Bernadette M. Morgan, Plaintiff-appellant, v. Shirley S. Chater, Commissioner, Social Securityadministration, Defendant-appellee, 120 F.3d 268 (9th Cir. 1997)

Annotate this Case
U.S. Court of Appeals for the Ninth Circuit - 120 F.3d 268 (9th Cir. 1997) July 24, 1997. Submitted July 22, 1997**

Before: HUG, Chief Judge, KOZINSKI, and LEAVY, Circuit Judges.

MEMORANDUM* 

Bernadette Morgan appeals the district court's denial of her request for attorney's fees under the Equal Access to Justice Act ("EAJA"), 28 U.S.C. § 2412. We have jurisdiction under 28 U.S.C. § 1291, and we affirm.


The district court's denial of attorney's fees under EAJA is reviewed for an abuse of discretion. See Sampson v. Chater, 103 F.3d 918, 921 (9th Cir. 1996). "The district court abuses its discretion when its decision is based on an erroneous conclusion of law or when the record contains no evidence on which [it] rationally could have based that decision." Id. (citations and internal quotations omitted).

Under the EAJA, a court shall award attorney's fees to a prevailing party in a civil action against the United States unless "the position of the United States was substantially justified." 28 U.S.C. § 2412(d) (1) (A). To determine whether the Commissioner's position was substantially justified, we apply a reasonableness standard--whether the Commissioner's position had a reasonable basis in both law and fact. See Flores v. Shalala, 49 F.3d 562, 569-570 (9th Cir. 1995). "When the ALJ is reversed for a failure to weigh conflicting medical evidence properly, an award of fees is inappropriate." Albrecht v. Heckler, 765 F.2d 914, 916 (9th Cir. 1985) (per curiam); cf. Yanq v. Shalala, 22 F.3d 213, 217-18 (9th Cir. 1994) (holding that government's position was not substantially justified where ALJ's failure to make determination based on evidence adduced at hearing violated claimant's due process rights)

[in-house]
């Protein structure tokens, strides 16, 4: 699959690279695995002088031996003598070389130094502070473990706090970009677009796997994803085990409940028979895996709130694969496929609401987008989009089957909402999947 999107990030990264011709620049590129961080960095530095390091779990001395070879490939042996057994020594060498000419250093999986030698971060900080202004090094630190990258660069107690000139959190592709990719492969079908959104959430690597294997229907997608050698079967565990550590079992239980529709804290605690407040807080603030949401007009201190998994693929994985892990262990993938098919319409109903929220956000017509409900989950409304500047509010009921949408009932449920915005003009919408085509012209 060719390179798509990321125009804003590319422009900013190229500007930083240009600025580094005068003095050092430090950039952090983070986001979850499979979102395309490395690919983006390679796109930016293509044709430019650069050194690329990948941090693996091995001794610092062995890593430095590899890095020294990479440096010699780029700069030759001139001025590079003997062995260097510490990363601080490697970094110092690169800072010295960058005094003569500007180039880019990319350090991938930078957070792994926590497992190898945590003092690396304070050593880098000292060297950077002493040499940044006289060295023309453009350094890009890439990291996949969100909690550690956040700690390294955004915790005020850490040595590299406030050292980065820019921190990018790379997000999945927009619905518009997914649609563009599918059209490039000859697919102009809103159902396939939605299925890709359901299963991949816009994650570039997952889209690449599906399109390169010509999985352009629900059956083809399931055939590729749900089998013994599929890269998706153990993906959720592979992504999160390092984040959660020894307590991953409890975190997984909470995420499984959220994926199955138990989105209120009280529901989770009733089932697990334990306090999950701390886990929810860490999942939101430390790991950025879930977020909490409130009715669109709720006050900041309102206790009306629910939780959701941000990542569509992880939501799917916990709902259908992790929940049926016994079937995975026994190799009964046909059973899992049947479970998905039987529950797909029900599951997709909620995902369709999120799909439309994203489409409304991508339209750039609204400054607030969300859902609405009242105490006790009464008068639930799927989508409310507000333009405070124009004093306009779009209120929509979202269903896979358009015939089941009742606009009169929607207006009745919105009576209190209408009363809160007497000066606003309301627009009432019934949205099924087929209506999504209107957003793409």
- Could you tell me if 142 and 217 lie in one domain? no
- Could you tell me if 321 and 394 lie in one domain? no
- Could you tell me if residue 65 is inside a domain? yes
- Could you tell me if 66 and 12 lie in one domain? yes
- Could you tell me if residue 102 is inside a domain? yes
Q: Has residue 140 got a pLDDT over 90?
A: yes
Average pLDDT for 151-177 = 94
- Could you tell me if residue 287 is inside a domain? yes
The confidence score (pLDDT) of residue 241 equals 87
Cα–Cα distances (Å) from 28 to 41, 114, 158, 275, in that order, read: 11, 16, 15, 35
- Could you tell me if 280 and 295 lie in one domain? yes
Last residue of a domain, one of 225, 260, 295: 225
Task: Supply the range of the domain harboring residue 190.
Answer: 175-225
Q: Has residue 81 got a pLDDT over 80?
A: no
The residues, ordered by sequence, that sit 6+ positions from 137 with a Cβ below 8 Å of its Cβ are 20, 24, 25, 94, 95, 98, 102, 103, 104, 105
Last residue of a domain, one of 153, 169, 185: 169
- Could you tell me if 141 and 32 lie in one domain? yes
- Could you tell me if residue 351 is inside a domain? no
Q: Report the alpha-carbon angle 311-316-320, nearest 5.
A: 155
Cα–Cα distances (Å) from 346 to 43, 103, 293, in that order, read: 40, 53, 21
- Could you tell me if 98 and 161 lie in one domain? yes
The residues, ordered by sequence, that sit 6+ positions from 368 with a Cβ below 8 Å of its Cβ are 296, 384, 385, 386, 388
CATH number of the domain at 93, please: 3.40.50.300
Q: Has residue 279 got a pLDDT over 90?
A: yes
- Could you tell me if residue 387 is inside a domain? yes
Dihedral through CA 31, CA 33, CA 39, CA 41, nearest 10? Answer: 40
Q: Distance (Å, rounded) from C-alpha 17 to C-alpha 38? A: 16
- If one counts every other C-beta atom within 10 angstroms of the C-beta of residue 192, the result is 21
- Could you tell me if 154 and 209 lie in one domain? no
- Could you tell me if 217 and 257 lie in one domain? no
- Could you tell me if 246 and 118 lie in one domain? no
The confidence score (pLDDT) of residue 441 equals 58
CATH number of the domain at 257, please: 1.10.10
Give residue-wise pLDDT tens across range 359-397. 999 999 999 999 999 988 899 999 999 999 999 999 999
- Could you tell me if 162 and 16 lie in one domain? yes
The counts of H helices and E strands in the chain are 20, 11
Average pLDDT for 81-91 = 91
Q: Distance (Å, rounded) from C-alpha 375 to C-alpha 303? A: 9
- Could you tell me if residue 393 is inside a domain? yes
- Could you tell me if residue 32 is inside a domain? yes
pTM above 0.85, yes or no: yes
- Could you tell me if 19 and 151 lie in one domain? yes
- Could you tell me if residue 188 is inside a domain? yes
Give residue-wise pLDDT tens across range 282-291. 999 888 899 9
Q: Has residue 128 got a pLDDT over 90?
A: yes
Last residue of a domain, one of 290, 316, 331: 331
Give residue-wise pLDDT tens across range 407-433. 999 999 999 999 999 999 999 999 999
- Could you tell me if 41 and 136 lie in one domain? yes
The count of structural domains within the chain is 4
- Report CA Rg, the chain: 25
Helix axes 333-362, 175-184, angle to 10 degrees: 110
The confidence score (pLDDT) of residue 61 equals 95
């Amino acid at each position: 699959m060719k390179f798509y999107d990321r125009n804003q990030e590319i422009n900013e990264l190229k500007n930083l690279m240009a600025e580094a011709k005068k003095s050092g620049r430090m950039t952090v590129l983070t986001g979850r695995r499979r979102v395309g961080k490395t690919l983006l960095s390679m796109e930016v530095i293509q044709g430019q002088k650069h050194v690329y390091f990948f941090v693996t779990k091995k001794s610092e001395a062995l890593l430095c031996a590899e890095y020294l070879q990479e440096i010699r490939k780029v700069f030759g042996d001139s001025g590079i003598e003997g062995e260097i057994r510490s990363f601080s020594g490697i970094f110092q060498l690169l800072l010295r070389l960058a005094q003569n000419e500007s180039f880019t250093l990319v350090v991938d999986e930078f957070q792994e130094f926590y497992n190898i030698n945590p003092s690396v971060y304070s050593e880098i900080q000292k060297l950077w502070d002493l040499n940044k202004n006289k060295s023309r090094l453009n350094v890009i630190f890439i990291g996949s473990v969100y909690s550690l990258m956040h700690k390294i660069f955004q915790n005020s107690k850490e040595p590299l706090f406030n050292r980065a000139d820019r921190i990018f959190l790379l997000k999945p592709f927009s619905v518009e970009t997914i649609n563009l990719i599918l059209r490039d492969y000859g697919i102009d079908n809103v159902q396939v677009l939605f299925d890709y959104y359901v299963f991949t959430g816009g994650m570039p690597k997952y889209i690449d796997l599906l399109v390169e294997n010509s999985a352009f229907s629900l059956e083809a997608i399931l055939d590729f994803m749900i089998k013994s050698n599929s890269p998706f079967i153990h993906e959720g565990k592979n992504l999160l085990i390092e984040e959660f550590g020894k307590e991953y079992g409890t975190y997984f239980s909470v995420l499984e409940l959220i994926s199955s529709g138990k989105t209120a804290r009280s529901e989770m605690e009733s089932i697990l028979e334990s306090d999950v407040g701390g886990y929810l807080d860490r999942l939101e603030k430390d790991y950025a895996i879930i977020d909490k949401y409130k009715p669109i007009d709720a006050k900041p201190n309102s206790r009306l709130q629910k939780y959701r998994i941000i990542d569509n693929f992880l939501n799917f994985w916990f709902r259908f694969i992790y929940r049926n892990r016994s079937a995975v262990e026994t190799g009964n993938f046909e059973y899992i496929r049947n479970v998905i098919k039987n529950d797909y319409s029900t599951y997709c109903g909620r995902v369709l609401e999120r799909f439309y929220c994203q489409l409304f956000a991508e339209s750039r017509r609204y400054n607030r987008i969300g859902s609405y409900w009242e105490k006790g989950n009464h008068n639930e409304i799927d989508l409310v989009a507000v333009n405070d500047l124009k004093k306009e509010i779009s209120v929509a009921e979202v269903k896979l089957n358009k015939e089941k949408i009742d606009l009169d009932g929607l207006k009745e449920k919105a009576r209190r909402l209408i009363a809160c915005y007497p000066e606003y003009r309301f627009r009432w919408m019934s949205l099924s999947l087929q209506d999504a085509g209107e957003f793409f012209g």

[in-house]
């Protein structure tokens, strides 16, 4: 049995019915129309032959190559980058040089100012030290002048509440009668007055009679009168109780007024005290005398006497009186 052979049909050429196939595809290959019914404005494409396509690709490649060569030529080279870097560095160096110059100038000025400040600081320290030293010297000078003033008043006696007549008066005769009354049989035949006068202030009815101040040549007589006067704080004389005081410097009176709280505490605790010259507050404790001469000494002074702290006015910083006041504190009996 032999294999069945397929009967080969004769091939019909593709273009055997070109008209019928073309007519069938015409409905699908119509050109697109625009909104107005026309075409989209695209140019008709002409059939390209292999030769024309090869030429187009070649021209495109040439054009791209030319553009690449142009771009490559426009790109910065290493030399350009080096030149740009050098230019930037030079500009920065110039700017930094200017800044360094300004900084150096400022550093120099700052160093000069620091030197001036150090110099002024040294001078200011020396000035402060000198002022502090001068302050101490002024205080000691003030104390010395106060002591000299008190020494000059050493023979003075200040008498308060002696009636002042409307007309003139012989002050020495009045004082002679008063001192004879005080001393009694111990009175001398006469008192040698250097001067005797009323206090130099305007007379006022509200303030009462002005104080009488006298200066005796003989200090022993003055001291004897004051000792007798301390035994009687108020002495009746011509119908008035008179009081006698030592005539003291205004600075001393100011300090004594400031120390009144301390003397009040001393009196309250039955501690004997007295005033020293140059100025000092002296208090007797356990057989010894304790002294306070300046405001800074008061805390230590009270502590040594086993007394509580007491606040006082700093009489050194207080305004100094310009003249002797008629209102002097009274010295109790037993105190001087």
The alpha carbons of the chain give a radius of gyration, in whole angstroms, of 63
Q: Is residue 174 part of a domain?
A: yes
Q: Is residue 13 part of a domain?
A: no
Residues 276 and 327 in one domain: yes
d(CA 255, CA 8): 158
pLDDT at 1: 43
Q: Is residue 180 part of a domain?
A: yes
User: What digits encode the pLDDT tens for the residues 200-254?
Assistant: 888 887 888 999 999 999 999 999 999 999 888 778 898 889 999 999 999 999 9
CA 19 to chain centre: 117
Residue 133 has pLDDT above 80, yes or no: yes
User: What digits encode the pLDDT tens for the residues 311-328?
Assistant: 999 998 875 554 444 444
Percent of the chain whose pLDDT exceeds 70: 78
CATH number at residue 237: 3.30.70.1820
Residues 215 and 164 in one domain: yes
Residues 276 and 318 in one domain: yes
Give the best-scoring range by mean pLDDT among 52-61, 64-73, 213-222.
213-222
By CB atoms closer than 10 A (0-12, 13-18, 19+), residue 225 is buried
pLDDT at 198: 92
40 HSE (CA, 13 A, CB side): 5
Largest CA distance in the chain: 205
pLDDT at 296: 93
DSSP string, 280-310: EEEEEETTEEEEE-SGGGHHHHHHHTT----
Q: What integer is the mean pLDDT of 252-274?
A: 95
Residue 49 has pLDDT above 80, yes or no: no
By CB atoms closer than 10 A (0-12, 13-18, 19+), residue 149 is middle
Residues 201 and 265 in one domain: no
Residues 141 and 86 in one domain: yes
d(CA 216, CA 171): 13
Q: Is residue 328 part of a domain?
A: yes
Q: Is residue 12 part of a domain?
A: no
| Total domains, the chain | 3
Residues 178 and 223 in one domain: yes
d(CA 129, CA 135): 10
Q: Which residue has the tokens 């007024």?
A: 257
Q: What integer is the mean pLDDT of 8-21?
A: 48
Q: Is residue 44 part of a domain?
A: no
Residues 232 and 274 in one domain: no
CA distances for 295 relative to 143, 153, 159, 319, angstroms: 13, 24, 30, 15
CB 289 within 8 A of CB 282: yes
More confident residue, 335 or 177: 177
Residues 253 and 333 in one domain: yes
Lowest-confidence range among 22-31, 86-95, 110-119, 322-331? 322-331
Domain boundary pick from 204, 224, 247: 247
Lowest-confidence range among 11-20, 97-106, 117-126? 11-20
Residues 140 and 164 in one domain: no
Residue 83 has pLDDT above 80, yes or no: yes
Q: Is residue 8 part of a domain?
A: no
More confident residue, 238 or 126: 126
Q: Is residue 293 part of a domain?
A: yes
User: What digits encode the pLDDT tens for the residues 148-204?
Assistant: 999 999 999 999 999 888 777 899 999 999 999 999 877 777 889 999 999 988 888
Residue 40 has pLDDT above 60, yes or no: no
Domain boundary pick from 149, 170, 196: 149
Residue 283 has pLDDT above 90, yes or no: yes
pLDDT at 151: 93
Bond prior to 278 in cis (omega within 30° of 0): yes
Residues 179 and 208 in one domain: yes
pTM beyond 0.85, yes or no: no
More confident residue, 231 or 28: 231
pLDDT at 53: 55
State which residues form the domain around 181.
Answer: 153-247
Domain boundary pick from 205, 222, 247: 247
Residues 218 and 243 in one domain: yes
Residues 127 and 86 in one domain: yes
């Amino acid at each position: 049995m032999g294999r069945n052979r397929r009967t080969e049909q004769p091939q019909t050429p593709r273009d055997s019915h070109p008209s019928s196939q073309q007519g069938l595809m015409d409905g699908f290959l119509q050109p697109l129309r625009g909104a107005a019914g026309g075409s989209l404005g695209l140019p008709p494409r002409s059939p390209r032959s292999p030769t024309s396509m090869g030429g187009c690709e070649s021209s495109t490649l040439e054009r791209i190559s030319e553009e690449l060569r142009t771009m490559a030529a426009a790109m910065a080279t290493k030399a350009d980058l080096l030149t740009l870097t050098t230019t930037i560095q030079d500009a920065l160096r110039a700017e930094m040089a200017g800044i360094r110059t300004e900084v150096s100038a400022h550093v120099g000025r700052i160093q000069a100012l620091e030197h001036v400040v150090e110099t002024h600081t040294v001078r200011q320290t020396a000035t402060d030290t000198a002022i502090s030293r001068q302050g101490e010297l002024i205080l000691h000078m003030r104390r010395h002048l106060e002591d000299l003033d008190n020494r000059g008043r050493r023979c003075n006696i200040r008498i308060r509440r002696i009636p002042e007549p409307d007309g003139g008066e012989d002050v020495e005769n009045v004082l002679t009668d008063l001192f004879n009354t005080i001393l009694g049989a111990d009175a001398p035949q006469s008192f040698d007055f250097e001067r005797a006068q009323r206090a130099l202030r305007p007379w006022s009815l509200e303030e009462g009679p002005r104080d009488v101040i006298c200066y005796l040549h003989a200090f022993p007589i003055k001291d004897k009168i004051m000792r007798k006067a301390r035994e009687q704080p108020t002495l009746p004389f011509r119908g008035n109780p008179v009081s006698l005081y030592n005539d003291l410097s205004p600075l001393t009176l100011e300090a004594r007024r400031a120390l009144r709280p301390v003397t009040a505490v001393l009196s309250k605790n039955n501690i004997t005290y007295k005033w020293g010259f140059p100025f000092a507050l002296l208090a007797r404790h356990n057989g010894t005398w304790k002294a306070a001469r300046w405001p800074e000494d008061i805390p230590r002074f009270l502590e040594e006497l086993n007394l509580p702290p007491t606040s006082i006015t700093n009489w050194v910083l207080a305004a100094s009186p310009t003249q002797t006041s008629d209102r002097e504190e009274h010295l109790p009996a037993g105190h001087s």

Here, the ALJ rejected the opinion of one of Morgan's treating physicians that Morgan's impairments precluded any type of work. The ALJ found that the treating physician's opinion conflicted with an earlier opinion by the same treating physician and that no other medical source found that Morgan's impairments precluded any type of work. The district court found that the treating physician's opinion could not "be so easily rejected" and remanded for further proceedings to "reevaluate [the treating physician's] opinions."1 

Because the remand was based on a failure to properly weigh the medical evidence, the district court did not abuse its discretion in denying Morgan's request for attorney's fees.2  See Albrecht, 765 F.2d at 916 (holding that the district court did not abuse its discretion in finding the government's position substantially justified where ALJ was reversed for failure to identify clear and convincing reasons for rejecting the treating physicians' findings). Morgan's reliance on our decision in Yang for the proposition that the Commissioner's position is not substantially justified where the purpose of a remand is to reweigh evidence is misplaced. See Yang, 22 F.3d at 217-218 (stating that a denial of claimant's due process rights precludes a finding that the government was not substantially justified).

AFFIRMED.

 **

The panel unanimously finds this case suitable for decision without oral argument. See Fed. R. App. P. 34(a); 9th Cir. R. 34-4

 *

This disposition is not appropriate for publication and may not be cited to or by the courts of this circuit except as provided by 9th Cir. R. 36-3

 1

Because the district court remanded only to reevaluate the treating physician's opinion, we need not reach Morgan's contention that the Commissioner's position regarding the vocational expert was not substantially justified.' See Flores, 49 F.3d at 569 (stating that substantial justification is analyzed with respect to the issue on which the district court based its remand)

 2

We reject Morgan's contention that the district court abused its discretion by failing to set forth its reasons for denying attorney's fees. The record contains adequate evidence on which the district court "rationally could have based that decision." Sampson, 103 F.3d at 921